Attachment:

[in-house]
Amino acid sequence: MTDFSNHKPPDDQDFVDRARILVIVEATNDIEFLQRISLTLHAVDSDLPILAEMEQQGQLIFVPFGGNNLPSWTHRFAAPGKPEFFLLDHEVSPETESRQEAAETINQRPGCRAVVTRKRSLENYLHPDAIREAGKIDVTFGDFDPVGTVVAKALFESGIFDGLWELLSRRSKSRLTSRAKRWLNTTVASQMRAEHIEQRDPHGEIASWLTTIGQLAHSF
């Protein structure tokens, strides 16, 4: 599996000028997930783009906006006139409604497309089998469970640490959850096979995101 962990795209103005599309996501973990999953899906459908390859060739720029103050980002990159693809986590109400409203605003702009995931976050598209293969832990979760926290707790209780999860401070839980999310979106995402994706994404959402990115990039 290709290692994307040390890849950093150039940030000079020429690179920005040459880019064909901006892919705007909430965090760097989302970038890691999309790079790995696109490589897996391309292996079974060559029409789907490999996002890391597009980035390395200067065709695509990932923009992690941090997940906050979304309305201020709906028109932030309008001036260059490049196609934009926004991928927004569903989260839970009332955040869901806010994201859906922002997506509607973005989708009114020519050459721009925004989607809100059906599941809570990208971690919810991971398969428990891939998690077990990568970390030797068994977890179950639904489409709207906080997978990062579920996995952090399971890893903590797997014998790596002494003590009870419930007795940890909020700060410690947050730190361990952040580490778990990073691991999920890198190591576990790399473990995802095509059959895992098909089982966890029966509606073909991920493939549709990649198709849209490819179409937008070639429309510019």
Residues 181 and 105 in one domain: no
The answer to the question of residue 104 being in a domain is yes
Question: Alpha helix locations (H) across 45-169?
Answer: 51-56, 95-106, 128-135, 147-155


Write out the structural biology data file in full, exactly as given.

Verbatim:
[in-house]
Amino acid sequence: MTDFSNHKPPDDQDFVDRARILVIVEATNDIEFLQRISLTLHAVDSDLPILAEMEQQGQLIFVPFGGNNLPSWTHRFAAPGKPEFFLLDHEVSPETESRQEAAETINQRPGCRAVVTRKRSLENYLHPDAIREAGKIDVTFGDFDPVGTVVAKALFESGIFDGLWELLSRRSKSRLTSRAKRWLNTTVASQMRAEHIEQRDPHGEIASWLTTIGQLAHSF
């Protein structure tokens, strides 16, 4: 599996000028997930783009906006006139409604497309089998469970640490959850096979995101 962990795209103005599309996501973990999953899906459908390859060739720029103050980002990159693809986590109400409203605003702009995931976050598209293969832990979760926290707790209780999860401070839980999310979106995402994706994404959402990115990039 290709290692994307040390890849950093150039940030000079020429690179920005040459880019064909901006892919705007909430965090760097989302970038890691999309790079790995696109490589897996391309292996079974060559029409789907490999996002890391597009980035390395200067065709695509990932923009992690941090997940906050979304309305201020709906028109932030309008001036260059490049196609934009926004991928927004569903989260839970009332955040869901806010994201859906922002997506509607973005989708009114020519050459721009925004989607809100059906599941809570990208971690919810991971398969428990891939998690077990990568970390030797068994977890179950639904489409709207906080997978990062579920996995952090399971890893903590797997014998790596002494003590009870419930007795940890909020700060410690947050730190361990952040580490778990990073691991999920890198190591576990790399473990995802095509059959895992098909089982966890029966509606073909991920493939549709990649198709849209490819179409937008070639429309510019």
Residues 181 and 105 in one domain: no
The answer to the question of residue 104 being in a domain is yes
Question: Alpha helix locations (H) across 45-169?
Answer: 51-56, 95-106, 128-135, 147-155